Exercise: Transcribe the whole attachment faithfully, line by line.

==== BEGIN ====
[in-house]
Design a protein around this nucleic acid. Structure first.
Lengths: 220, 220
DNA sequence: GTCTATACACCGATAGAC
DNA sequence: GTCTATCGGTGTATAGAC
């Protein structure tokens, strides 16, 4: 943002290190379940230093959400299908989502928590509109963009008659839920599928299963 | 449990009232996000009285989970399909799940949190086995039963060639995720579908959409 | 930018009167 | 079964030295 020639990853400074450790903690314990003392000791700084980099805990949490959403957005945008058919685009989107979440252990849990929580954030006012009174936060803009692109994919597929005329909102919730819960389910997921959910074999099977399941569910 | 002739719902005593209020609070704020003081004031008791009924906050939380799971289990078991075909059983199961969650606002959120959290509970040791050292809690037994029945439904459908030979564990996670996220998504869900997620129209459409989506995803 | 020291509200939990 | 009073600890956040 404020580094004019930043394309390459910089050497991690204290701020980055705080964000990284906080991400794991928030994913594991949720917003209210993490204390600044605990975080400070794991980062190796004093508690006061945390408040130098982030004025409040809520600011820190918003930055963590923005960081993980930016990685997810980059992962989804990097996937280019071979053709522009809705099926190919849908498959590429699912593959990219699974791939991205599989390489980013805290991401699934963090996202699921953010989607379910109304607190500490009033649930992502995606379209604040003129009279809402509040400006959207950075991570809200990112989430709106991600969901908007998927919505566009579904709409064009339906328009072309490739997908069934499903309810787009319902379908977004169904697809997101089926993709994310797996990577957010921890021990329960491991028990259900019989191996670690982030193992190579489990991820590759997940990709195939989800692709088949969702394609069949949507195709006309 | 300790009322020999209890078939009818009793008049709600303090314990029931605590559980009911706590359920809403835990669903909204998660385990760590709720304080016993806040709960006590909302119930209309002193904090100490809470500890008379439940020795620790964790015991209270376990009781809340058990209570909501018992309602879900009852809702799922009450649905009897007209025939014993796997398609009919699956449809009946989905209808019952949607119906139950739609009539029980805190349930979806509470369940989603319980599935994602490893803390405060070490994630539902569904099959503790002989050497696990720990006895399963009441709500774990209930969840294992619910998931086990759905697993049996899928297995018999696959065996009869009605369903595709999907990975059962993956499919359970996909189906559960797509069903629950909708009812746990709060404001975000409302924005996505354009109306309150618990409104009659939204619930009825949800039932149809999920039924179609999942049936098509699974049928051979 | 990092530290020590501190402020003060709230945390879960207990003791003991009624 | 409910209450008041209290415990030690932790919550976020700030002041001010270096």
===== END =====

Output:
[in-house]
Design a protein around this nucleic acid. Structure first.
Lengths: 220, 220
DNA sequence: GTCTATACACCGATAGAC
DNA sequence: GTCTATCGGTGTATAGAC
């Protein structure tokens, strides 16, 4: 943002290190379940230093959400299908989502928590509109963009008659839920599928299963 | 449990009232996000009285989970399909799940949190086995039963060639995720579908959409 | 930018009167 | 079964030295 020639990853400074450790903690314990003392000791700084980099805990949490959403957005945008058919685009989107979440252990849990929580954030006012009174936060803009692109994919597929005329909102919730819960389910997921959910074999099977399941569910 | 002739719902005593209020609070704020003081004031008791009924906050939380799971289990078991075909059983199961969650606002959120959290509970040791050292809690037994029945439904459908030979564990996670996220998504869900997620129209459409989506995803 | 020291509200939990 | 009073600890956040 404020580094004019930043394309390459910089050497991690204290701020980055705080964000990284906080991400794991928030994913594991949720917003209210993490204390600044605990975080400070794991980062190796004093508690006061945390408040130098982030004025409040809520600011820190918003930055963590923005960081993980930016990685997810980059992962989804990097996937280019071979053709522009809705099926190919849908498959590429699912593959990219699974791939991205599989390489980013805290991401699934963090996202699921953010989607379910109304607190500490009033649930992502995606379209604040003129009279809402509040400006959207950075991570809200990112989430709106991600969901908007998927919505566009579904709409064009339906328009072309490739997908069934499903309810787009319902379908977004169904697809997101089926993709994310797996990577957010921890021990329960491991028990259900019989191996670690982030193992190579489990991820590759997940990709195939989800692709088949969702394609069949949507195709006309 | 300790009322020999209890078939009818009793008049709600303090314990029931605590559980009911706590359920809403835990669903909204998660385990760590709720304080016993806040709960006590909302119930209309002193904090100490809470500890008379439940020795620790964790015991209270376990009781809340058990209570909501018992309602879900009852809702799922009450649905009897007209025939014993796997398609009919699956449809009946989905209808019952949607119906139950739609009539029980805190349930979806509470369940989603319980599935994602490893803390405060070490994630539902569904099959503790002989050497696990720990006895399963009441709500774990209930969840294992619910998931086990759905697993049996899928297995018999696959065996009869009605369903595709999907990975059962993956499919359970996909189906559960797509069903629950909708009812746990709060404001975000409302924005996505354009109306309150618990409104009659939204619930009825949800039932149809999920039924179609999942049936098509699974049928051979 | 990092530290020590501190402020003060709230945390879960207990003791003991009624 | 409910209450008041209290415990030690932790919550976020700030002041001010270096």